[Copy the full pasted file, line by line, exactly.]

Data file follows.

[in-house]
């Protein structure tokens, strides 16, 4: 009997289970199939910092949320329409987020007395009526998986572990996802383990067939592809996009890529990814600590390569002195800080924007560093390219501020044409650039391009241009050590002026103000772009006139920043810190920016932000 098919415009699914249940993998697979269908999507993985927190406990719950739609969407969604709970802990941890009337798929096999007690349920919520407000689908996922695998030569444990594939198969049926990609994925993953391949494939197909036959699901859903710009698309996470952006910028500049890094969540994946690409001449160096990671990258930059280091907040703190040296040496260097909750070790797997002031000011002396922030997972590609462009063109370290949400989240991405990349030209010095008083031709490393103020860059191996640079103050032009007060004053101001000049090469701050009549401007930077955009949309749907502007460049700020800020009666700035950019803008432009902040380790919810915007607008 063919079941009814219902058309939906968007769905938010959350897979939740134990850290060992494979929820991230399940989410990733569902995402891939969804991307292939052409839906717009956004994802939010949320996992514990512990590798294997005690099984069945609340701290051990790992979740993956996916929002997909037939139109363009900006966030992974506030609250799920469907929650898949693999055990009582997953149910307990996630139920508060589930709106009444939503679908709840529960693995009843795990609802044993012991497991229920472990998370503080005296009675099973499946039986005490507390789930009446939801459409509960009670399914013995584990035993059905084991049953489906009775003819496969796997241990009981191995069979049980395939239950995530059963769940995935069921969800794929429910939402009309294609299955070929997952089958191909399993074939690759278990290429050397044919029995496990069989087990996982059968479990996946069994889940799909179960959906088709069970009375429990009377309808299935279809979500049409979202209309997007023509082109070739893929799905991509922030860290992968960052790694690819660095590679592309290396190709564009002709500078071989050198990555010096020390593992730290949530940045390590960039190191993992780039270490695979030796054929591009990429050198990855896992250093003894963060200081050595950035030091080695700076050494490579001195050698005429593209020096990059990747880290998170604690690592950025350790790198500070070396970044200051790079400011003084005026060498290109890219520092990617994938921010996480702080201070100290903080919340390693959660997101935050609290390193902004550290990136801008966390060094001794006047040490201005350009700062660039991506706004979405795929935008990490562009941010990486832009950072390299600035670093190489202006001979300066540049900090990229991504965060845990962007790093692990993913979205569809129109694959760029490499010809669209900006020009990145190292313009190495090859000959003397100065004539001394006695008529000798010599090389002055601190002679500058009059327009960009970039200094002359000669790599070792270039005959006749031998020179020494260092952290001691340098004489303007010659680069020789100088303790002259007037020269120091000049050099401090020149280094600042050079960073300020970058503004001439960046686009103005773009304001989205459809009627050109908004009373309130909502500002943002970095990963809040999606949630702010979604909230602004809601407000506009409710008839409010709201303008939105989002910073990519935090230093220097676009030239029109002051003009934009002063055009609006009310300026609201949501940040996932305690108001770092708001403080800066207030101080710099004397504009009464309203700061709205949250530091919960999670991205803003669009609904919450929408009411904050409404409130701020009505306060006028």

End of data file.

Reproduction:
[in-house]
């Protein structure tokens, strides 16, 4: 009997289970199939910092949320329409987020007395009526998986572990996802383990067939592809996009890529990814600590390569002195800080924007560093390219501020044409650039391009241009050590002026103000772009006139920043810190920016932000 098919415009699914249940993998697979269908999507993985927190406990719950739609969407969604709970802990941890009337798929096999007690349920919520407000689908996922695998030569444990594939198969049926990609994925993953391949494939197909036959699901859903710009698309996470952006910028500049890094969540994946690409001449160096990671990258930059280091907040703190040296040496260097909750070790797997002031000011002396922030997972590609462009063109370290949400989240991405990349030209010095008083031709490393103020860059191996640079103050032009007060004053101001000049090469701050009549401007930077955009949309749907502007460049700020800020009666700035950019803008432009902040380790919810915007607008 063919079941009814219902058309939906968007769905938010959350897979939740134990850290060992494979929820991230399940989410990733569902995402891939969804991307292939052409839906717009956004994802939010949320996992514990512990590798294997005690099984069945609340701290051990790992979740993956996916929002997909037939139109363009900006966030992974506030609250799920469907929650898949693999055990009582997953149910307990996630139920508060589930709106009444939503679908709840529960693995009843795990609802044993012991497991229920472990998370503080005296009675099973499946039986005490507390789930009446939801459409509960009670399914013995584990035993059905084991049953489906009775003819496969796997241990009981191995069979049980395939239950995530059963769940995935069921969800794929429910939402009309294609299955070929997952089958191909399993074939690759278990290429050397044919029995496990069989087990996982059968479990996946069994889940799909179960959906088709069970009375429990009377309808299935279809979500049409979202209309997007023509082109070739893929799905991509922030860290992968960052790694690819660095590679592309290396190709564009002709500078071989050198990555010096020390593992730290949530940045390590960039190191993992780039270490695979030796054929591009990429050198990855896992250093003894963060200081050595950035030091080695700076050494490579001195050698005429593209020096990059990747880290998170604690690592950025350790790198500070070396970044200051790079400011003084005026060498290109890219520092990617994938921010996480702080201070100290903080919340390693959660997101935050609290390193902004550290990136801008966390060094001794006047040490201005350009700062660039991506706004979405795929935008990490562009941010990486832009950072390299600035670093190489202006001979300066540049900090990229991504965060845990962007790093692990993913979205569809129109694959760029490499010809669209900006020009990145190292313009190495090859000959003397100065004539001394006695008529000798010599090389002055601190002679500058009059327009960009970039200094002359000669790599070792270039005959006749031998020179020494260092952290001691340098004489303007010659680069020789100088303790002259007037020269120091000049050099401090020149280094600042050079960073300020970058503004001439960046686009103005773009304001989205459809009627050109908004009373309130909502500002943002970095990963809040999606949630702010979604909230602004809601407000506009409710008839409010709201303008939105989002910073990519935090230093220097676009030239029109002051003009934009002063055009609006009310300026609201949501940040996932305690108001770092708001403080800066207030101080710099004397504009009464309203700061709205949250530091919960999670991205803003669009609904919450929408009411904050409404409130701020009505306060006028």